Verse 2.

Note 1. Here we have again the myth of the hidden Agni whom the gods seek. Agni is meant by the calf.

Note 2. Going on foot, Sâyana.

Note 3. I follow Sâyana, Bollensen, and Ludwig in taking kâ´ru as a locative.

Verse 3.

Note 1. 'Was not Sâyana right in taking this verse as referring to the Maruts? Cf. VI, 48, 21.… sugâta also is an epithet of the Maruts, I, 88, 3; 166, 12.' M. M.

Note 2. As to the subjunctive, comp. Delbrück, Syntaktische Forschungen, I, p. 67. The Taittirîya Brâhmana (II, 4, 5, 6) reads saparyán.

Verse 4.

Note 1. I follow the Padapâtha which has rudríyâ. But possibly we may have the nom. plur. rudríyâh: 'the worshipful Rudriyas (i. e. Maruts) rushed forward.'

Note 2. The translation of nemádhitâ is in jeopardy.

Verse 5.

Note 1. Probably the mortals, as Ludwig understands it. Comp. mártah, verse 4.

Note 2. The venerable one is Agni.

Note 3. Possibly the text is corrupt. In IV, 24, 3 we read ririkvâ´msah tanṽah krinvata trâ´m, 'abandoning (i. e. risking) their bodies they took him (Indra) for their protector' (comp. I, 100, 7). Should svâ´h have supplanted another word, for instance, trâ´m? As the pronoun svá very frequently stands in apposition with tanû´, it may have found its way also into passages to which it did not belong.

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Note 4. The meaning seems to be that whenever the attention of one of the friends relaxed, another friend watched instead of the first. See Zeitschrift der Deutschen Morgenl. Gesellschaft, XLIV, 328; Bartholomae, Studien zur indogerm. Sprachgeschichte, I, 95.

Verse 6.

Note 1. Sâyana explains the tríh saptá padâ´ as the three times seven kinds of sacrifices, the seven Pâkayagñas, the seven Haviryagñas, the seven Somayagñas. But this later system of the twenty-one forms of sacrifice can scarcely have existed at the time of the Rig-veda Samhitâ. Three times seven is a favourite number in Rig-vedic mysticism; comp. I, 191, 12. 14; IV, 1, 16; VII, 87, 4; VIII, 46, 26; 69, 7; 96, 2; IX, 70, 1; 86, 21; X, 64, 8; 90, 15: Possibly three times seven pieces of wood (samídhah) are alluded to, comp. X, 90, 15, but everybody who has studied Bergaigne's Arithmétique mythologique (Rel. Véd. II, 114 seq.; see especially p. 122) will admit that there are ever so many possible interpretations of a passage like this. Prof. Max Müller's translation is: 'The worshipful gods found in thee the twenty-one words which are hidden in thee. They guard with them the immortal (Agni).'—Instead of avidan (Padapâtha) I think we must read ávidan.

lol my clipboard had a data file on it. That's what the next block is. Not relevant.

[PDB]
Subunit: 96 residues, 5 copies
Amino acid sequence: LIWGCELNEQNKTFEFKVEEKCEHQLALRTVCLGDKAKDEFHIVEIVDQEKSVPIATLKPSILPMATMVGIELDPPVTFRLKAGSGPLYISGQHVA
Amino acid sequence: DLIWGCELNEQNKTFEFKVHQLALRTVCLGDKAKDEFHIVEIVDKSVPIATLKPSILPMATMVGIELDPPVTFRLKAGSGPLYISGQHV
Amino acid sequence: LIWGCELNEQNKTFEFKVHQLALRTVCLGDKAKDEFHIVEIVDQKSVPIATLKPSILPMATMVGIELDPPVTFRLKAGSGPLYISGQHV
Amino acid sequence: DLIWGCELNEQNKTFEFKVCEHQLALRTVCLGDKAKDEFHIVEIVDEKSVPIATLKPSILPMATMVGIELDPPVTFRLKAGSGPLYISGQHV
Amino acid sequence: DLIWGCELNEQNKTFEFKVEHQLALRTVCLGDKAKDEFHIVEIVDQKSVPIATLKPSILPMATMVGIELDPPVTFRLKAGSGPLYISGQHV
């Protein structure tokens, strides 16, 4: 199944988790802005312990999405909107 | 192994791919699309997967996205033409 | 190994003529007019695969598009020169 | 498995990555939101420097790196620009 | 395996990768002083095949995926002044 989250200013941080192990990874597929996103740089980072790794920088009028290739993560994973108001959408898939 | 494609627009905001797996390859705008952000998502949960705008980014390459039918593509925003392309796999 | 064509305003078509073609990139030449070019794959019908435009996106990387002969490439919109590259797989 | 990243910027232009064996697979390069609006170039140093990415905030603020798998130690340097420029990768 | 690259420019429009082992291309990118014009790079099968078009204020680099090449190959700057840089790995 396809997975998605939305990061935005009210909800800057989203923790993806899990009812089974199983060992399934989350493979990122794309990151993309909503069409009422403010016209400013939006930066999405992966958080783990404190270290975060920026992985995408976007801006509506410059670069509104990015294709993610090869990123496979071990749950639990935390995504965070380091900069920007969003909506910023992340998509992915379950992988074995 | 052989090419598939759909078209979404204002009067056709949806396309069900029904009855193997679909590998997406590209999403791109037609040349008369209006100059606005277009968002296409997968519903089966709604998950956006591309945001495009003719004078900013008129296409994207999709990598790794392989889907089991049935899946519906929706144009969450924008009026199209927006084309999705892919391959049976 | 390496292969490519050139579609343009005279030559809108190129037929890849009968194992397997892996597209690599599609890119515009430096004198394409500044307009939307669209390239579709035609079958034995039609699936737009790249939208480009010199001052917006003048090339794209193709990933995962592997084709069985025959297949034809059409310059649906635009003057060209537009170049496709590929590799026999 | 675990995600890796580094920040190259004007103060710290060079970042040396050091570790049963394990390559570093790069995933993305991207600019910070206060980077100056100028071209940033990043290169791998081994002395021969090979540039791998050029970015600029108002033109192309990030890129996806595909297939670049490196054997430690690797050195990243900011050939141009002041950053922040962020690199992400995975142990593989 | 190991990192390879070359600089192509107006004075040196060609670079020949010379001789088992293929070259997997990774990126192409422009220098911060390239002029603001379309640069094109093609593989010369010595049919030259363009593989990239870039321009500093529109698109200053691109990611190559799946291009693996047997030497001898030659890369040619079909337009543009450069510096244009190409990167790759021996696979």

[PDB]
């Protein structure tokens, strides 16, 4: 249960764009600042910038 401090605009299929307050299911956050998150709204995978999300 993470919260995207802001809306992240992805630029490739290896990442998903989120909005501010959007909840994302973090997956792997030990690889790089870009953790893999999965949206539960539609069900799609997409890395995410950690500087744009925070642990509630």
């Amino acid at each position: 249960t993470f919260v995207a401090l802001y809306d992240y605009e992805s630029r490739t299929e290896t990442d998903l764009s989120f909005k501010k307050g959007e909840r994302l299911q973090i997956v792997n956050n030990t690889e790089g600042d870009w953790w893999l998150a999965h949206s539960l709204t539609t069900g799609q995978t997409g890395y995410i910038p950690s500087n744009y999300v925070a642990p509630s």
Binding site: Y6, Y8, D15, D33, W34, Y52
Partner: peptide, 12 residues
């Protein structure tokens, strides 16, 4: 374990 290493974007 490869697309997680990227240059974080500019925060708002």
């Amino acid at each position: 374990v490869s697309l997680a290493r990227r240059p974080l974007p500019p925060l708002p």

Note 2. Ludwig certainly is wrong in translating 'hüte du den wandel von tier and pflanze.' The author of this group of hymns is very fond of the phrase sthâtúh karátham and the like; see I, 68, 1; 70, 3. 7. Tire same phrase, in one or the other of its possible shapes, has evidently been used by him here also. The plural masculine sthâtrî´n is indeed very strange. Possibly J. Wackernagel is right in reading sthâtrî´n (Kuhn's Zeitschrift, XXV, 287; comp. Lanman, p. 422); the reading sthâtrî´n may be due to the neighbourhood of pasû´n. This sort of blunder is very frequent in the text of the Rig-veda. Prof. Max Müller suggests: the stabled cattle and what moves about (in the meadows).